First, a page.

6 Venom Is The Strongest Symbiote
Considering how Venom is the most well-known of the symbiotes, there's the belief that he's also the strongest. It would make sense.
While he's undoubtedly a monster and can go toe-to-toe with numerous powerful characters, the title of strongest symbiote belongs to Toxin.
Venom spawned Carnage, and Carnage produced Toxin. So, you could consider him Venom's grandson. He possesses the same abilities as his lineage, as well as super-strength, speed, and the power to change his body parts into weapons like axes. In addition, he possesses more resistance to fire and sonic noises. Taking all of that into consideration, he's really unstoppable and the strongest of his kind. We wonder if Carnage is proud of his little guy.
5 The Symbiote Made Peter Parker Aggressive
The greatest thing that came out of Spider-Man 3 was Emo Peter Parker. The memes were incredible, as was his new hairstyle and wicked dancing in the streets. All of this was blamed on the symbiote – not the awful studio interference.
In the comic books, Parker didn't part with the symbiote because it made him overly aggressive or for turning him into the fifth member of Fall Out Boy. No, he rid himself of it because it was a parasite and wanted to permanently bond with him. It's sort of like getting bubblegum under your shoe. You can ignore it for a while, but after some time, you really just want to shake it off.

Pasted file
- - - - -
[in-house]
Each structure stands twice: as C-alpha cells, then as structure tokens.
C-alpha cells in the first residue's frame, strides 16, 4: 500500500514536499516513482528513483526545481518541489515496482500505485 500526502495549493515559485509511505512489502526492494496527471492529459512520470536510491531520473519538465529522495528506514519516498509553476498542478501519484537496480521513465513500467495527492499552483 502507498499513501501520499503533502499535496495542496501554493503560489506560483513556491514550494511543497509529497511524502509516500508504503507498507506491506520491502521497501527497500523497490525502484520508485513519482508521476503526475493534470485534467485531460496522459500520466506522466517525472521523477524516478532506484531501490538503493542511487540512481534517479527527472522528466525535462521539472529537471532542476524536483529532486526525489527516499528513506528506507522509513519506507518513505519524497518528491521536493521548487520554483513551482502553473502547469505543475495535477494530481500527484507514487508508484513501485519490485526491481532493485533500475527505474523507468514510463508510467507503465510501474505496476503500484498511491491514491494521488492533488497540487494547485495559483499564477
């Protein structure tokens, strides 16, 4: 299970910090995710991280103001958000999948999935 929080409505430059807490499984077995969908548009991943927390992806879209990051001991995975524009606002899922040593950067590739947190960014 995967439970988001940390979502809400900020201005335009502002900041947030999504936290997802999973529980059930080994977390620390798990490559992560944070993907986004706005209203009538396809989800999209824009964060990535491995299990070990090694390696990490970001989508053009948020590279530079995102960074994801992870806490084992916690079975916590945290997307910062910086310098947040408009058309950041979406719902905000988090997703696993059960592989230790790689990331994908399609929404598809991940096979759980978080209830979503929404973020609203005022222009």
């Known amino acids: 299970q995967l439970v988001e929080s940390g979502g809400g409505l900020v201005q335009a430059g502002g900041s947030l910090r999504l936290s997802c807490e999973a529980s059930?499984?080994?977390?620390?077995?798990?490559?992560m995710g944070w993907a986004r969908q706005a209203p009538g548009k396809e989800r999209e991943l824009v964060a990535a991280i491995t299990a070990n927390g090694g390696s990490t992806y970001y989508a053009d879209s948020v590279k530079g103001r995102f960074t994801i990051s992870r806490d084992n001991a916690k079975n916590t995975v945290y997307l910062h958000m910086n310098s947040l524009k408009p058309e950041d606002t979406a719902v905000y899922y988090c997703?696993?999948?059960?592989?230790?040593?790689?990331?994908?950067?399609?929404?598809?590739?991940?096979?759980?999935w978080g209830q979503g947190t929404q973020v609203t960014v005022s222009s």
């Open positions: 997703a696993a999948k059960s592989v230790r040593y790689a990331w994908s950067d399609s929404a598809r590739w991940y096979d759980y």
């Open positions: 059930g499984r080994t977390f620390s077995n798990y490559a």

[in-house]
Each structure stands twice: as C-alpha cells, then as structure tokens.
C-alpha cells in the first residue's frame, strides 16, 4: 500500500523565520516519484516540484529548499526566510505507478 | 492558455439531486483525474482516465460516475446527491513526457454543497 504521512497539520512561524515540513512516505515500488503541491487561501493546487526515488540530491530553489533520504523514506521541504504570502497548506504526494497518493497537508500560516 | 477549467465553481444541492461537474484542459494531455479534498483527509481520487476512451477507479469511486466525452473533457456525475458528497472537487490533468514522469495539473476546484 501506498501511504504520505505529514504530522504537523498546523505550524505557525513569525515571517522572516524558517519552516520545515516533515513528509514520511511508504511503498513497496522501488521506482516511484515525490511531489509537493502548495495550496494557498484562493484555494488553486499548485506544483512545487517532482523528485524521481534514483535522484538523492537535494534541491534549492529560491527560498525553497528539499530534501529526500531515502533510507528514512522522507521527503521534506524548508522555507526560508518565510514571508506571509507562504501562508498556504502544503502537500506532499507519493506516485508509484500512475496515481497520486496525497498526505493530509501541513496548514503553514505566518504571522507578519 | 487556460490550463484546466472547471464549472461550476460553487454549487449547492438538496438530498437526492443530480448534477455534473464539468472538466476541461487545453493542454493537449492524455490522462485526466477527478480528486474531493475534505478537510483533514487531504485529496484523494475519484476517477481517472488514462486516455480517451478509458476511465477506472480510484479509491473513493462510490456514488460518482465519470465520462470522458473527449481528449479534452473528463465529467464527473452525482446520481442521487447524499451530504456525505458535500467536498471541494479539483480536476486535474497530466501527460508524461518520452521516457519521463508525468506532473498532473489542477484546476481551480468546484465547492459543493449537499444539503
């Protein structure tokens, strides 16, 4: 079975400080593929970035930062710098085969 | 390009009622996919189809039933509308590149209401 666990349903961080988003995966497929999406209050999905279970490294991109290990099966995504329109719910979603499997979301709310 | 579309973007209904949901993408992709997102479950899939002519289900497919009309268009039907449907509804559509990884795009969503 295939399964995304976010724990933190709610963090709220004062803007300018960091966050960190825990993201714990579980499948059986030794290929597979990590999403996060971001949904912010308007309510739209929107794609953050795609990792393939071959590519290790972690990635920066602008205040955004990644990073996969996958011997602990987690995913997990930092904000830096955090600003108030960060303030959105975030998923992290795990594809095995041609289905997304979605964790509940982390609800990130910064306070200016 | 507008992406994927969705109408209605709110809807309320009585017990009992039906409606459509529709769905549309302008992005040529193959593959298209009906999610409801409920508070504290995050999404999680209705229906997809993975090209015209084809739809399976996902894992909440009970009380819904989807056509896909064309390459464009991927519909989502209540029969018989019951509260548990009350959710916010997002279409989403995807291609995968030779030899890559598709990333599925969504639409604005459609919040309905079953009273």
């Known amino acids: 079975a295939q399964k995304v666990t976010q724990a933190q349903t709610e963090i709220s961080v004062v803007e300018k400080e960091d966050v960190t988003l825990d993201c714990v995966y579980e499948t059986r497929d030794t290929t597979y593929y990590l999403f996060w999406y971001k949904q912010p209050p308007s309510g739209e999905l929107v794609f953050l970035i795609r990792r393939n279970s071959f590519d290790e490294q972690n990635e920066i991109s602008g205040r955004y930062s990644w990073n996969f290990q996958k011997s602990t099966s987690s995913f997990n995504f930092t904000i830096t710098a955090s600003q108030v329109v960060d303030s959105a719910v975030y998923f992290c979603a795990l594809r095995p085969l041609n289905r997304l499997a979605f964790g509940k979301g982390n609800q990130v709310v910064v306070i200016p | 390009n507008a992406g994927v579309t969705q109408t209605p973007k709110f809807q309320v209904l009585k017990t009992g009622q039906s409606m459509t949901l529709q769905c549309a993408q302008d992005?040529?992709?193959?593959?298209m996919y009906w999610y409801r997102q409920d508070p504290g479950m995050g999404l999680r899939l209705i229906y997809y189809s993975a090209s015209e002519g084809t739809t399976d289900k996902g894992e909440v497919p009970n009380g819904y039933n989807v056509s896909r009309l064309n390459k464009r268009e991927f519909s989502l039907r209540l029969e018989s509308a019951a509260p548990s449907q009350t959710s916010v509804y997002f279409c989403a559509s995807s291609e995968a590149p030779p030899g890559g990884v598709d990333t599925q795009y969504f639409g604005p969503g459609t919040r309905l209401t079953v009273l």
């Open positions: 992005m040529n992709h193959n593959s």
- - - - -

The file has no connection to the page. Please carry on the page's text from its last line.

4 The Symbiote Hated Spider-Man
The symbiote doesn't hate Spider-Man or Peter Parker. The opposite, in fact. Like a scorned lover, it feels betrayed because Parker didn't want it anymore. In much the same way that your ex will rip up all your photos and burn your Rick & Morty posters, the symbiote truly misses Parker and is driven by hurt more than pure hatred.
In times when it has the opportunity to latch back onto Parker, it does so in the blink of an eye. It's like it hears the Creed song "With Arms Wide Open" and embraces its former host, thinking it'll be forever this time. But it never is. Poor symbiote obviously hasn't heard of Tinder yet.
3 The Symbiote Protects Its Host
If you've watched the latest clips for Venom, you've seen how the symbiote wraps itself around Eddie Brock and protects him from gunfire and attacks. In many ways, its characterization is similar to STEM from Leigh Whannell's Upgrade.